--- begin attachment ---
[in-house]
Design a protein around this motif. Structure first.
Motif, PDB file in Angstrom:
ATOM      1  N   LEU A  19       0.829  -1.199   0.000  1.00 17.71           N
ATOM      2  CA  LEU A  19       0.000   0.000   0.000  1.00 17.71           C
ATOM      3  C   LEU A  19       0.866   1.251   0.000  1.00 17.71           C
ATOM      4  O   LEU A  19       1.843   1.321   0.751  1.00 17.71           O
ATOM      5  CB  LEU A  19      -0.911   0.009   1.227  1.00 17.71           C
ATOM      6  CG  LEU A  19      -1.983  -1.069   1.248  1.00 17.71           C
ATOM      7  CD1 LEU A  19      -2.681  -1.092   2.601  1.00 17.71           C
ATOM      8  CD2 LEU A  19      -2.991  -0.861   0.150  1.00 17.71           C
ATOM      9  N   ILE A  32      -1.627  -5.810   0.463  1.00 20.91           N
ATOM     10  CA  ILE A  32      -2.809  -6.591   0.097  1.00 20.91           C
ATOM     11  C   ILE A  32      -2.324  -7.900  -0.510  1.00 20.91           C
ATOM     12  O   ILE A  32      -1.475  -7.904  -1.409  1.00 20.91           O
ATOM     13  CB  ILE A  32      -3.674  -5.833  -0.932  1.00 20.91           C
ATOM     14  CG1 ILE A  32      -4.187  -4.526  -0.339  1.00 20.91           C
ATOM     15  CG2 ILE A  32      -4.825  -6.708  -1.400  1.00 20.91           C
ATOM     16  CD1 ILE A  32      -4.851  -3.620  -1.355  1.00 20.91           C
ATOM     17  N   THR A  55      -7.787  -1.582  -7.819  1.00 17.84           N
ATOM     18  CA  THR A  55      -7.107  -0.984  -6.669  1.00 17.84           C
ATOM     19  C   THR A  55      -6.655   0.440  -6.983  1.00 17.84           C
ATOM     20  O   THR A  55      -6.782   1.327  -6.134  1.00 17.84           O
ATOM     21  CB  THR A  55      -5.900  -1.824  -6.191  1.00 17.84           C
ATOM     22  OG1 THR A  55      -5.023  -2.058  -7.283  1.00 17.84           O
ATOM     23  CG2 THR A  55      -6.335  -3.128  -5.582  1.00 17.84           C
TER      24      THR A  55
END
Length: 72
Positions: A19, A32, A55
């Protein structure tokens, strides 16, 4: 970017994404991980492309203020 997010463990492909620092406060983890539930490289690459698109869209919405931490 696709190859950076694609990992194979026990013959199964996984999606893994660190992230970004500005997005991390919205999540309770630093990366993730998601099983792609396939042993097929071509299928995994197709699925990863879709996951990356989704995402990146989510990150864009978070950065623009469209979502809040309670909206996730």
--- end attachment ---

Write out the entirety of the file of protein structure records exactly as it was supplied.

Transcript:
[in-house]
Design a protein around this motif. Structure first.
Motif, PDB file in Angstrom:
ATOM      1  N   LEU A  19       0.829  -1.199   0.000  1.00 17.71           N
ATOM      2  CA  LEU A  19       0.000   0.000   0.000  1.00 17.71           C
ATOM      3  C   LEU A  19       0.866   1.251   0.000  1.00 17.71           C
ATOM      4  O   LEU A  19       1.843   1.321   0.751  1.00 17.71           O
ATOM      5  CB  LEU A  19      -0.911   0.009   1.227  1.00 17.71           C
ATOM      6  CG  LEU A  19      -1.983  -1.069   1.248  1.00 17.71           C
ATOM      7  CD1 LEU A  19      -2.681  -1.092   2.601  1.00 17.71           C
ATOM      8  CD2 LEU A  19      -2.991  -0.861   0.150  1.00 17.71           C
ATOM      9  N   ILE A  32      -1.627  -5.810   0.463  1.00 20.91           N
ATOM     10  CA  ILE A  32      -2.809  -6.591   0.097  1.00 20.91           C
ATOM     11  C   ILE A  32      -2.324  -7.900  -0.510  1.00 20.91           C
ATOM     12  O   ILE A  32      -1.475  -7.904  -1.409  1.00 20.91           O
ATOM     13  CB  ILE A  32      -3.674  -5.833  -0.932  1.00 20.91           C
ATOM     14  CG1 ILE A  32      -4.187  -4.526  -0.339  1.00 20.91           C
ATOM     15  CG2 ILE A  32      -4.825  -6.708  -1.400  1.00 20.91           C
ATOM     16  CD1 ILE A  32      -4.851  -3.620  -1.355  1.00 20.91           C
ATOM     17  N   THR A  55      -7.787  -1.582  -7.819  1.00 17.84           N
ATOM     18  CA  THR A  55      -7.107  -0.984  -6.669  1.00 17.84           C
ATOM     19  C   THR A  55      -6.655   0.440  -6.983  1.00 17.84           C
ATOM     20  O   THR A  55      -6.782   1.327  -6.134  1.00 17.84           O
ATOM     21  CB  THR A  55      -5.900  -1.824  -6.191  1.00 17.84           C
ATOM     22  OG1 THR A  55      -5.023  -2.058  -7.283  1.00 17.84           O
ATOM     23  CG2 THR A  55      -6.335  -3.128  -5.582  1.00 17.84           C
TER      24      THR A  55
END
Length: 72
Positions: A19, A32, A55
């Protein structure tokens, strides 16, 4: 970017994404991980492309203020 997010463990492909620092406060983890539930490289690459698109869209919405931490 696709190859950076694609990992194979026990013959199964996984999606893994660190992230970004500005997005991390919205999540309770630093990366993730998601099983792609396939042993097929071509299928995994197709699925990863879709996951990356989704995402990146989510990150864009978070950065623009469209979502809040309670909206996730």